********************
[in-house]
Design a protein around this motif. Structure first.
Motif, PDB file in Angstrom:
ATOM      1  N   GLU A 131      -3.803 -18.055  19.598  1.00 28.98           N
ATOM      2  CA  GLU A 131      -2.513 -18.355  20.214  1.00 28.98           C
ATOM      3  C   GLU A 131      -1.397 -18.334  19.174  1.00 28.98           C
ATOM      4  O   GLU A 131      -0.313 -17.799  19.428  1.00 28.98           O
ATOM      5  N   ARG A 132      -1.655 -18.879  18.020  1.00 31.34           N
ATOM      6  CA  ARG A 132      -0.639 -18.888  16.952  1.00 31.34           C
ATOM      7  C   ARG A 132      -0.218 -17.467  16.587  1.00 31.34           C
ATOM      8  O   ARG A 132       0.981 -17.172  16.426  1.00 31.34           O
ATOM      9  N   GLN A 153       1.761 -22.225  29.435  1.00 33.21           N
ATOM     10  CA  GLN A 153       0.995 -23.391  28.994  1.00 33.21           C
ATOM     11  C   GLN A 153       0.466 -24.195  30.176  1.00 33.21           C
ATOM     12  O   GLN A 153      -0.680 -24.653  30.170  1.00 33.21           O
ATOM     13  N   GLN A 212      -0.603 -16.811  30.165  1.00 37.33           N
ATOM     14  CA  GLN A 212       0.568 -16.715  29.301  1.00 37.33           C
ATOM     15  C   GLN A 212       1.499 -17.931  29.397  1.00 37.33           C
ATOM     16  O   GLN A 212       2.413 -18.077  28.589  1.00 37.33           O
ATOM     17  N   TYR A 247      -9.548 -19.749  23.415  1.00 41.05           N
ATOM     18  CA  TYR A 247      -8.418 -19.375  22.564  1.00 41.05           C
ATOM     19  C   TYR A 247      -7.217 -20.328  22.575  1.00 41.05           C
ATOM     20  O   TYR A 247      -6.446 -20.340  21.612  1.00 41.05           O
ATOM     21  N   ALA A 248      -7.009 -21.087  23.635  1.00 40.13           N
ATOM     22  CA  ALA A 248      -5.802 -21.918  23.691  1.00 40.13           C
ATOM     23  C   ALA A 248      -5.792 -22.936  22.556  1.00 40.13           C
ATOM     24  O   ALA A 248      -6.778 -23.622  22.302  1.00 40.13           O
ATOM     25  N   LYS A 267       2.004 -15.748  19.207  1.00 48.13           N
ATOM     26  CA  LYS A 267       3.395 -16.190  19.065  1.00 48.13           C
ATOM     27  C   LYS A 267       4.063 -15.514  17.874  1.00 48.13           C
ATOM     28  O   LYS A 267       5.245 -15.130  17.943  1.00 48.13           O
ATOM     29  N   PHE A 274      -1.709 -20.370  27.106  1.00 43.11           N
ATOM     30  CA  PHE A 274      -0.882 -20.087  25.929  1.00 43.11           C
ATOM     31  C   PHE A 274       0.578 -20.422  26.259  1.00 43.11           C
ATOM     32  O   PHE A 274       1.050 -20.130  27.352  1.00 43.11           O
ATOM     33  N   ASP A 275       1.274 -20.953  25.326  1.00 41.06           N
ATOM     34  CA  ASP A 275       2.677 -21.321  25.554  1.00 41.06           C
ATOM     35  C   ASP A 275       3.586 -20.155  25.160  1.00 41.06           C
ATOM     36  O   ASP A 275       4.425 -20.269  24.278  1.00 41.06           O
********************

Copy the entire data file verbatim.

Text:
[in-house]
Design a protein around this motif. Structure first.
Motif, PDB file in Angstrom:
ATOM      1  N   GLU A 131      -3.803 -18.055  19.598  1.00 28.98           N
ATOM      2  CA  GLU A 131      -2.513 -18.355  20.214  1.00 28.98           C
ATOM      3  C   GLU A 131      -1.397 -18.334  19.174  1.00 28.98           C
ATOM      4  O   GLU A 131      -0.313 -17.799  19.428  1.00 28.98           O
ATOM      5  N   ARG A 132      -1.655 -18.879  18.020  1.00 31.34           N
ATOM      6  CA  ARG A 132      -0.639 -18.888  16.952  1.00 31.34           C
ATOM      7  C   ARG A 132      -0.218 -17.467  16.587  1.00 31.34           C
ATOM      8  O   ARG A 132       0.981 -17.172  16.426  1.00 31.34           O
ATOM      9  N   GLN A 153       1.761 -22.225  29.435  1.00 33.21           N
ATOM     10  CA  GLN A 153       0.995 -23.391  28.994  1.00 33.21           C
ATOM     11  C   GLN A 153       0.466 -24.195  30.176  1.00 33.21           C
ATOM     12  O   GLN A 153      -0.680 -24.653  30.170  1.00 33.21           O
ATOM     13  N   GLN A 212      -0.603 -16.811  30.165  1.00 37.33           N
ATOM     14  CA  GLN A 212       0.568 -16.715  29.301  1.00 37.33           C
ATOM     15  C   GLN A 212       1.499 -17.931  29.397  1.00 37.33           C
ATOM     16  O   GLN A 212       2.413 -18.077  28.589  1.00 37.33           O
ATOM     17  N   TYR A 247      -9.548 -19.749  23.415  1.00 41.05           N
ATOM     18  CA  TYR A 247      -8.418 -19.375  22.564  1.00 41.05           C
ATOM     19  C   TYR A 247      -7.217 -20.328  22.575  1.00 41.05           C
ATOM     20  O   TYR A 247      -6.446 -20.340  21.612  1.00 41.05           O
ATOM     21  N   ALA A 248      -7.009 -21.087  23.635  1.00 40.13           N
ATOM     22  CA  ALA A 248      -5.802 -21.918  23.691  1.00 40.13           C
ATOM     23  C   ALA A 248      -5.792 -22.936  22.556  1.00 40.13           C
ATOM     24  O   ALA A 248      -6.778 -23.622  22.302  1.00 40.13           O
ATOM     25  N   LYS A 267       2.004 -15.748  19.207  1.00 48.13           N
ATOM     26  CA  LYS A 267       3.395 -16.190  19.065  1.00 48.13           C
ATOM     27  C   LYS A 267       4.063 -15.514  17.874  1.00 48.13           C
ATOM     28  O   LYS A 267       5.245 -15.130  17.943  1.00 48.13           O
ATOM     29  N   PHE A 274      -1.709 -20.370  27.106  1.00 43.11           N
ATOM     30  CA  PHE A 274      -0.882 -20.087  25.929  1.00 43.11           C
ATOM     31  C   PHE A 274       0.578 -20.422  26.259  1.00 43.11           C
ATOM     32  O   PHE A 274       1.050 -20.130  27.352  1.00 43.11           O
ATOM     33  N   ASP A 275       1.274 -20.953  25.326  1.00 41.06           N
ATOM     34  CA  ASP A 275       2.677 -21.321  25.554  1.00 41.06           C
ATOM     35  C   ASP A 275       3.586 -20.155  25.160  1.00 41.06           C
ATOM     36  O   ASP A 275       4.425 -20.269  24.278  1.00 41.06           O